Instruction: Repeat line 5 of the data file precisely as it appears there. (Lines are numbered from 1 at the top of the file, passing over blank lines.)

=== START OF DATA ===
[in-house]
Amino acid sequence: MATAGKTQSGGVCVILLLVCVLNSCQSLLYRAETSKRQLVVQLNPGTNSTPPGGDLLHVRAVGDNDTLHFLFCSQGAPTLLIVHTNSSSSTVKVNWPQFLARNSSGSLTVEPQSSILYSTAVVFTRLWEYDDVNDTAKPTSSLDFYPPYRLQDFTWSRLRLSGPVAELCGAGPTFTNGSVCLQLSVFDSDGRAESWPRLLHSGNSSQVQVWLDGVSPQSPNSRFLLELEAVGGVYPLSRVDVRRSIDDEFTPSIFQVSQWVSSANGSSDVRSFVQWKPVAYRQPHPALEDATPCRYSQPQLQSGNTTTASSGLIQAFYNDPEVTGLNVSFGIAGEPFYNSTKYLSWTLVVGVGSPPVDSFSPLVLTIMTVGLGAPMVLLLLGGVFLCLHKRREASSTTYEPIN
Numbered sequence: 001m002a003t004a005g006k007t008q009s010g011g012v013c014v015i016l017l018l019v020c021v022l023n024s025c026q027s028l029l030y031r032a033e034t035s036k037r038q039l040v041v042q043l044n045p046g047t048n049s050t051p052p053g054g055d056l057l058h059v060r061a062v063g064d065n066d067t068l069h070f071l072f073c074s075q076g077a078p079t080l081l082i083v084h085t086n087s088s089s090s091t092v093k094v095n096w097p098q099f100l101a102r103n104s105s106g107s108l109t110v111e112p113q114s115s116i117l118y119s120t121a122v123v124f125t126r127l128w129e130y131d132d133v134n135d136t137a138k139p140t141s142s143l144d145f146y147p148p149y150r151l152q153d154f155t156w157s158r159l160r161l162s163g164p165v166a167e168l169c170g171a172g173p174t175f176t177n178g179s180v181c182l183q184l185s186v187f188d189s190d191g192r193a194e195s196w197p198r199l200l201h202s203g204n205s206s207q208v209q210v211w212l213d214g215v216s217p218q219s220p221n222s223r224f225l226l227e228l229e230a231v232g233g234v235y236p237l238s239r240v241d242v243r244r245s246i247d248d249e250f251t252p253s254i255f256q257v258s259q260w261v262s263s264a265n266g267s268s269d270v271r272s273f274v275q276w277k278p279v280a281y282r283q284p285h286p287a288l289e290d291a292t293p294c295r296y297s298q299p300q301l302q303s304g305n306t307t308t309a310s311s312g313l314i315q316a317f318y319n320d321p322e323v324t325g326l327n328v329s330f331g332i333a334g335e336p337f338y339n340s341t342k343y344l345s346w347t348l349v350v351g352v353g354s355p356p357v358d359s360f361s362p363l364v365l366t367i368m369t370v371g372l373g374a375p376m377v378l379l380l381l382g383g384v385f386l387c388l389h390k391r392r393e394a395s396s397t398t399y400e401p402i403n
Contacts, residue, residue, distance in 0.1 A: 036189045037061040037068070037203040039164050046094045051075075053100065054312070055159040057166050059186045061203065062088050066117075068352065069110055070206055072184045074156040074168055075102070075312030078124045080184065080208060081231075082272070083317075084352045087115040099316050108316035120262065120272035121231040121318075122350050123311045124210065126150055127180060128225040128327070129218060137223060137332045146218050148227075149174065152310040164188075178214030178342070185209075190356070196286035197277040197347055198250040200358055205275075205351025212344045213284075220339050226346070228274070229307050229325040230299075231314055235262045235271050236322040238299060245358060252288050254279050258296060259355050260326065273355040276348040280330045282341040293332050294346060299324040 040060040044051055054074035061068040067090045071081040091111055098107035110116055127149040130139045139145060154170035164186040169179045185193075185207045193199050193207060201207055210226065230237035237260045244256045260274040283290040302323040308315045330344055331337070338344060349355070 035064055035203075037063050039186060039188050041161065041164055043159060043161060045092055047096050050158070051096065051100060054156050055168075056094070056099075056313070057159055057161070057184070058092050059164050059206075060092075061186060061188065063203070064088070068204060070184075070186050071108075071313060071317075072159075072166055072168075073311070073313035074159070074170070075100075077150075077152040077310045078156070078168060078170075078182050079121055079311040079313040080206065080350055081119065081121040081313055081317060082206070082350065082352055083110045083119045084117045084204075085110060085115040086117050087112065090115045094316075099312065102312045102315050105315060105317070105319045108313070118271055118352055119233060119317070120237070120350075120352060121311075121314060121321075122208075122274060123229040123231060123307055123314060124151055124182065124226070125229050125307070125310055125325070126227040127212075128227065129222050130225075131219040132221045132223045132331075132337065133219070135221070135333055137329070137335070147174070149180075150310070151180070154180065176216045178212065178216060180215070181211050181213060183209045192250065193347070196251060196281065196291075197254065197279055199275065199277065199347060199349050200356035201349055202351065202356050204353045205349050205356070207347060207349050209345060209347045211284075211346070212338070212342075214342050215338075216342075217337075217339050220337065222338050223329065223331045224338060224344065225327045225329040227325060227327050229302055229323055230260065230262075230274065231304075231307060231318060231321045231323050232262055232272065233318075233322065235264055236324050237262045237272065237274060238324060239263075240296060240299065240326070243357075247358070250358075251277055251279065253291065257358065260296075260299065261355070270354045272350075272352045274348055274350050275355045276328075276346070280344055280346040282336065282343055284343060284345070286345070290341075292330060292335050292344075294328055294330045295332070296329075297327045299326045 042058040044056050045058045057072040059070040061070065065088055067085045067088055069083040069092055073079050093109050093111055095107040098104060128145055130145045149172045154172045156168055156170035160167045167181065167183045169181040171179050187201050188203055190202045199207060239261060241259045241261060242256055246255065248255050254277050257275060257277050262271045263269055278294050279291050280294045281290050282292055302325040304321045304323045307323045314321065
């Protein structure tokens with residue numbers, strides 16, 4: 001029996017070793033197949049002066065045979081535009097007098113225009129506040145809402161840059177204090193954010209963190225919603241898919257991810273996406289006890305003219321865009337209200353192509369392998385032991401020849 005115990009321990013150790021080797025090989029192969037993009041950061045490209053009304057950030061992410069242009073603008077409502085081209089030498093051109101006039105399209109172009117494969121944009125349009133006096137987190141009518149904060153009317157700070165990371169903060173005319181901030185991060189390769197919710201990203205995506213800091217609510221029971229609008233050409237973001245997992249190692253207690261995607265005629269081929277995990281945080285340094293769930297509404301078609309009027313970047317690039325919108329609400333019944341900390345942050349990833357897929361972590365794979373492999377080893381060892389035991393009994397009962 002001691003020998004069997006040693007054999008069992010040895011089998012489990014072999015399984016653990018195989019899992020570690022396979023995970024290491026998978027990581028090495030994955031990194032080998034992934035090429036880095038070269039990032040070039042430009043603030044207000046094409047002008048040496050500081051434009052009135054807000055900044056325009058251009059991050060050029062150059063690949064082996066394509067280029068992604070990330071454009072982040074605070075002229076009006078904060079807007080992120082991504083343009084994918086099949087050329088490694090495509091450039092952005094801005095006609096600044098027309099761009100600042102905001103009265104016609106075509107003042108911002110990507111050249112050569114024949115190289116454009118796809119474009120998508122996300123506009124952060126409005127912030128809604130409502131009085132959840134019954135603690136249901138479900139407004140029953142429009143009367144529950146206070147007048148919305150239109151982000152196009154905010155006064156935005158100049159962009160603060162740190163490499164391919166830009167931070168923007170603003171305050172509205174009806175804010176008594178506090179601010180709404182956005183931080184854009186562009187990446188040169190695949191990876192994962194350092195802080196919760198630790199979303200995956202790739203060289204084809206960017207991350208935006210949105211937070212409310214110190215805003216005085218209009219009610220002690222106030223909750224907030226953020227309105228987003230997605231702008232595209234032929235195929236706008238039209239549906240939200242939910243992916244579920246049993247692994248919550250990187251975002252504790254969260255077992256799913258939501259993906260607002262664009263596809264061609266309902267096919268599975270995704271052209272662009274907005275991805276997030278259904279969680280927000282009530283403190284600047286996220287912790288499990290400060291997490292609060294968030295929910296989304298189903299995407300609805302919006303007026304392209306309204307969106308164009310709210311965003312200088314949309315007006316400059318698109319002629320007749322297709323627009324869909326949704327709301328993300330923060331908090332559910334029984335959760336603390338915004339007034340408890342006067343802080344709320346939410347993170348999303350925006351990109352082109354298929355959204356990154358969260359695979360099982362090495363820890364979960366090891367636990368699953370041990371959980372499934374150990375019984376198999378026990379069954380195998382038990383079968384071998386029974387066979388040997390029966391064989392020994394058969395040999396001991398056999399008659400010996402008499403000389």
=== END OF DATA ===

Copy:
């Protein structure tokens with residue numbers, strides 16, 4: 001029996017070793033197949049002066065045979081535009097007098113225009129506040145809402161840059177204090193954010209963190225919603241898919257991810273996406289006890305003219321865009337209200353192509369392998385032991401020849 005115990009321990013150790021080797025090989029192969037993009041950061045490209053009304057950030061992410069242009073603008077409502085081209089030498093051109101006039105399209109172009117494969121944009125349009133006096137987190141009518149904060153009317157700070165990371169903060173005319181901030185991060189390769197919710201990203205995506213800091217609510221029971229609008233050409237973001245997992249190692253207690261995607265005629269081929277995990281945080285340094293769930297509404301078609309009027313970047317690039325919108329609400333019944341900390345942050349990833357897929361972590365794979373492999377080893381060892389035991393009994397009962 002001691003020998004069997006040693007054999008069992010040895011089998012489990014072999015399984016653990018195989019899992020570690022396979023995970024290491026998978027990581028090495030994955031990194032080998034992934035090429036880095038070269039990032040070039042430009043603030044207000046094409047002008048040496050500081051434009052009135054807000055900044056325009058251009059991050060050029062150059063690949064082996066394509067280029068992604070990330071454009072982040074605070075002229076009006078904060079807007080992120082991504083343009084994918086099949087050329088490694090495509091450039092952005094801005095006609096600044098027309099761009100600042102905001103009265104016609106075509107003042108911002110990507111050249112050569114024949115190289116454009118796809119474009120998508122996300123506009124952060126409005127912030128809604130409502131009085132959840134019954135603690136249901138479900139407004140029953142429009143009367144529950146206070147007048148919305150239109151982000152196009154905010155006064156935005158100049159962009160603060162740190163490499164391919166830009167931070168923007170603003171305050172509205174009806175804010176008594178506090179601010180709404182956005183931080184854009186562009187990446188040169190695949191990876192994962194350092195802080196919760198630790199979303200995956202790739203060289204084809206960017207991350208935006210949105211937070212409310214110190215805003216005085218209009219009610220002690222106030223909750224907030226953020227309105228987003230997605231702008232595209234032929235195929236706008238039209239549906240939200242939910243992916244579920246049993247692994248919550250990187251975002252504790254969260255077992256799913258939501259993906260607002262664009263596809264061609266309902267096919268599975270995704271052209272662009274907005275991805276997030278259904279969680280927000282009530283403190284600047286996220287912790288499990290400060291997490292609060294968030295929910296989304298189903299995407300609805302919006303007026304392209306309204307969106308164009310709210311965003312200088314949309315007006316400059318698109319002629320007749322297709323627009324869909326949704327709301328993300330923060331908090332559910334029984335959760336603390338915004339007034340408890342006067343802080344709320346939410347993170348999303350925006351990109352082109354298929355959204356990154358969260359695979360099982362090495363820890364979960366090891367636990368699953370041990371959980372499934374150990375019984376198999378026990379069954380195998382038990383079968384071998386029974387066979388040997390029966391064989392020994394058969395040999396001991398056999399008659400010996402008499403000389």